I’ve long had this theory that the best NFL games, or at least the most entertaining ones, take place between two bad teams. Mistakes are good for unpredictability, and poor decision-making provides the opportunity for hilarity. It’s part of the reason why college games have such wild finishes. The sloppiness does come with risks for the viewer—when it manifests in penalties and red zone ineptness, you get the first 58 boring minutes of last night’s game—but when it works, you get the last two minutes of the Cowboys’ unsightly 19-16 win in Washington.
The fun started when DeSean Jackson finally convinced Jay Gruden to let him return a punt for the first time all
season game. The game was tied, and there was just 1:47 left on the clock, and Jackson’s single greatest career play remains a punt return, so why the hell not? If he could break some yardage, the previously ineffective Kirk Cousins wouldn’t need to do much to get into field goal range and spare everyone the specter of overtime.
Jackson got what he wanted, and asked the crowd to get into it. What followed was not Jackson’s finest moment.
“Trying to do any and everything to pull out a victory,” Jackson would say after. He took the ball at the 16, made it up to the 23, retreated on a looping end-around way back to his own 1, then coughed up the ball at the 9 when he was hit by four Cowboys at the same time. “I laid an egg; I messed up.”
Jackson had spent much of the late part of the game complaining about a lack of targets, providing his fumble with a little built-in narrative. We can chalk so much of this up to the two-bad-teams theory. Good teams tend not to have publicly disgruntled stars. Good teams have the coaching and coachability not to retreat 22 yards on a punt return, and to protect the ball when the very last thing you can do is fumble. And it’s only bad teams playing bad teams that can shoot themselves in the foot, then count on their opponents to do the same.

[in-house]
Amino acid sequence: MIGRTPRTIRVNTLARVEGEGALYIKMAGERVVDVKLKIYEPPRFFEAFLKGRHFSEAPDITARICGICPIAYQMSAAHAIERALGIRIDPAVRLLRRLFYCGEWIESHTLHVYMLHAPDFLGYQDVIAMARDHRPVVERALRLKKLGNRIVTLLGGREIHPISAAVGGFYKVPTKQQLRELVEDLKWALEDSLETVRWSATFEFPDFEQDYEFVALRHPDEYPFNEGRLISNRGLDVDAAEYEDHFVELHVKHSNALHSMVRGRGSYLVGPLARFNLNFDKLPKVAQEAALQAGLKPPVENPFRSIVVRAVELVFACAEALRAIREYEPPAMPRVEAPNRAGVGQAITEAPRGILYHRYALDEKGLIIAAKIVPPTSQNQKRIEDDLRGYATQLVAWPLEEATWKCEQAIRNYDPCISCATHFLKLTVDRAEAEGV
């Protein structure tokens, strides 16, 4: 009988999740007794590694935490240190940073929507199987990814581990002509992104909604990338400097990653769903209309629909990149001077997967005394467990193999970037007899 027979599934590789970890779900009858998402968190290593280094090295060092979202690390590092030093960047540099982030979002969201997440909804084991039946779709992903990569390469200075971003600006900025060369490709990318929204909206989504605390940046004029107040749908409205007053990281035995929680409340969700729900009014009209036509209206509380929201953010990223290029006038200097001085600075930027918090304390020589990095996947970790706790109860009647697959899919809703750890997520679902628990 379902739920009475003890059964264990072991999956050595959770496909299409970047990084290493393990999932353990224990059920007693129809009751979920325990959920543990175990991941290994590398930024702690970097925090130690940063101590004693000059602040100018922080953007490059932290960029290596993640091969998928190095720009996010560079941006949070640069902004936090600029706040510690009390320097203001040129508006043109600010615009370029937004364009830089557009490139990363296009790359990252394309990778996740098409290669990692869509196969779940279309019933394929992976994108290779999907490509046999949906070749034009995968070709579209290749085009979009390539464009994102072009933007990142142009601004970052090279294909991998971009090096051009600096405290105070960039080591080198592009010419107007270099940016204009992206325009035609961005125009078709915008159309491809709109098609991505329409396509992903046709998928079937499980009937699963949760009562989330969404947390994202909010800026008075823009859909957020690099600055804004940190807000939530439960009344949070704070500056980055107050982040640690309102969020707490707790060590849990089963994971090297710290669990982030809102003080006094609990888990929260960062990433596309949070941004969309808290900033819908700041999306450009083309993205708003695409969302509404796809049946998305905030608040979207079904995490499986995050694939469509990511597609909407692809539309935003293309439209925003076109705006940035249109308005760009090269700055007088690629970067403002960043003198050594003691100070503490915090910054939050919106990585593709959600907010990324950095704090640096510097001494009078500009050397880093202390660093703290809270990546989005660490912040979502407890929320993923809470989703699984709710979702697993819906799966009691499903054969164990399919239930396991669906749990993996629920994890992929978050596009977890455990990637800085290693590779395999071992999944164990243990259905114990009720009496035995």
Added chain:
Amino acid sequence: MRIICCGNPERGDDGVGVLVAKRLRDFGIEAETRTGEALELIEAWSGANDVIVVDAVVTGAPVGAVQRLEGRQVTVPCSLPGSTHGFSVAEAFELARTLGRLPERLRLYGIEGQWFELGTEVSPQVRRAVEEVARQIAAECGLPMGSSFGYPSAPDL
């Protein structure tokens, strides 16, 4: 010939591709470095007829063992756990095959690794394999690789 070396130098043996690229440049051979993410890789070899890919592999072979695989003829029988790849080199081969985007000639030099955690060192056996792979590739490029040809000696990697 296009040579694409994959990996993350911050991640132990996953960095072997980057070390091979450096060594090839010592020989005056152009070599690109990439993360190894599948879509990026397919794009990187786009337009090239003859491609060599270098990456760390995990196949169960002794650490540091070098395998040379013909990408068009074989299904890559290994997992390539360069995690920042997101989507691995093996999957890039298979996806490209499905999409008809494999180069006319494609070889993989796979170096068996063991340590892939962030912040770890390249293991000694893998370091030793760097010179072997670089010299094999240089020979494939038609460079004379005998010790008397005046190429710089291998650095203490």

With 1:26 left and Washington holding two timeouts, the path to victory was pretty clear for the Cowboys. Just run down the clock, and kick the field goal. All they had to do was not go out of bounds, and not score a touchdown. Darren McFadden did both on consecutive plays. He found the end zone with 1:14 left, on a play where it only looked like Skins defenders let him score. (They should have stepped aside, but didn’t; McFadden should have gone down shy of the goal line. Everyone did everything wrong. It was glorious.)
The Cowboys messed up again by adding a facemask penalty to a long return, giving the Skins a short field of their own with 1:06 and two timeouts. Washington didn’t need nearly that long. A 28-yard-pass to—yes—DeSean Jackson tied the game up again (though not without a terrifying nearly-botched extra point).
And yet, somehow, there was still more time remaining. The last two minutes managed to squeeze in so much more action than the interminable (but in a bad way) 58 that came before them. From the two minute warning on, it took 29 minutes and six seconds to finish the game.
A big Dallas return (again, none of this back-and-forth happens if both sides’ special teams weren’t so sloppy) and a pair of short passes to Dez Bryant (who had also been complaining about touches on the sideline) set up a 54-yarder for Dan Bailey. Bailey is just about the only consistent thing on either team, and thank goodness too: as fun as the ending was, it needed to end for everyone’s sanity.
“We won on will out there tonight,” Cowboys owner Jerry Jones said, “and not on tactical mastery.”
So now we’ve got a crapshow of a three-way tie atop the division, the Skins, Eagles, and Giants all at 5-7 with the Cowboys somehow just a game back. One of these teams is going to make the playoffs, which is bad. But they’re all going to clumsily play each other to get there, and that’s good: the NFC East is the best terrible division going.